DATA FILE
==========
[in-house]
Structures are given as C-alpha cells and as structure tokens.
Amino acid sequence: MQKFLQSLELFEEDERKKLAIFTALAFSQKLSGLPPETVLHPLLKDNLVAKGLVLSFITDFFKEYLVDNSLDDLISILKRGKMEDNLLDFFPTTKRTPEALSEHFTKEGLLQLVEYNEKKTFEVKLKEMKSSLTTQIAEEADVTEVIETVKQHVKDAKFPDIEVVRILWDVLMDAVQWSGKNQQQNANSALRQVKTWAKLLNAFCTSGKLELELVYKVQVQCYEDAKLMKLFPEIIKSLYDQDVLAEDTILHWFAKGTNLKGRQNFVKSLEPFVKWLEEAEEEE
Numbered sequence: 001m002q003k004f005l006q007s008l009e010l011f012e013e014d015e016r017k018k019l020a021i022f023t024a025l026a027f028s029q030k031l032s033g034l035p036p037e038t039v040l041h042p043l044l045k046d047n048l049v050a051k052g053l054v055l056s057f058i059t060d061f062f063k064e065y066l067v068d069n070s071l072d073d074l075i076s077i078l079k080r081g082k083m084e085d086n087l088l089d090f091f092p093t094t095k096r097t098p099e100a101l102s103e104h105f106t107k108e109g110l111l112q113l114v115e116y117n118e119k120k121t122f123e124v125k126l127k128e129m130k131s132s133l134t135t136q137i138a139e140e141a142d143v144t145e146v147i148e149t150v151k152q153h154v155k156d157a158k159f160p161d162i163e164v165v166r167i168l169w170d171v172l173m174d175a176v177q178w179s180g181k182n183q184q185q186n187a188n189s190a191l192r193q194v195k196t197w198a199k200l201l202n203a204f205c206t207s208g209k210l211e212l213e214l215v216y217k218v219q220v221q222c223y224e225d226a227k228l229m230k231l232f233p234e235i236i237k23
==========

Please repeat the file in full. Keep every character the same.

[in-house]
Structures are given as C-alpha cells and as structure tokens.
Amino acid sequence: MQKFLQSLELFEEDERKKLAIFTALAFSQKLSGLPPETVLHPLLKDNLVAKGLVLSFITDFFKEYLVDNSLDDLISILKRGKMEDNLLDFFPTTKRTPEALSEHFTKEGLLQLVEYNEKKTFEVKLKEMKSSLTTQIAEEADVTEVIETVKQHVKDAKFPDIEVVRILWDVLMDAVQWSGKNQQQNANSALRQVKTWAKLLNAFCTSGKLELELVYKVQVQCYEDAKLMKLFPEIIKSLYDQDVLAEDTILHWFAKGTNLKGRQNFVKSLEPFVKWLEEAEEEE
Numbered sequence: 001m002q003k004f005l006q007s008l009e010l011f012e013e014d015e016r017k018k019l020a021i022f023t024a025l026a027f028s029q030k031l032s033g034l035p036p037e038t039v040l041h042p043l044l045k046d047n048l049v050a051k052g053l054v055l056s057f058i059t060d061f062f063k064e065y066l067v068d069n070s071l072d073d074l075i076s077i078l079k080r081g082k083m084e085d086n087l088l089d090f091f092p093t094t095k096r097t098p099e100a101l102s103e104h105f106t107k108e109g110l111l112q113l114v115e116y117n118e119k120k121t122f123e124v125k126l127k128e129m130k131s132s133l134t135t136q137i138a139e140e141a142d143v144t145e146v147i148e149t150v151k152q153h154v155k156d157a158k159f160p161d162i163e164v165v166r167i168l169w170d171v172l173m174d175a176v177q178w179s180g181k182n183q184q185q186n187a188n189s190a191l192r193q194v195k196t197w198a199k200l201l202n203a204f205c206t207s208g209k210l211e212l213e214l215v216y217k218v219q220v221q222c223y224e225d226a227k228l229m230k231l232f233p234e235i236i237k23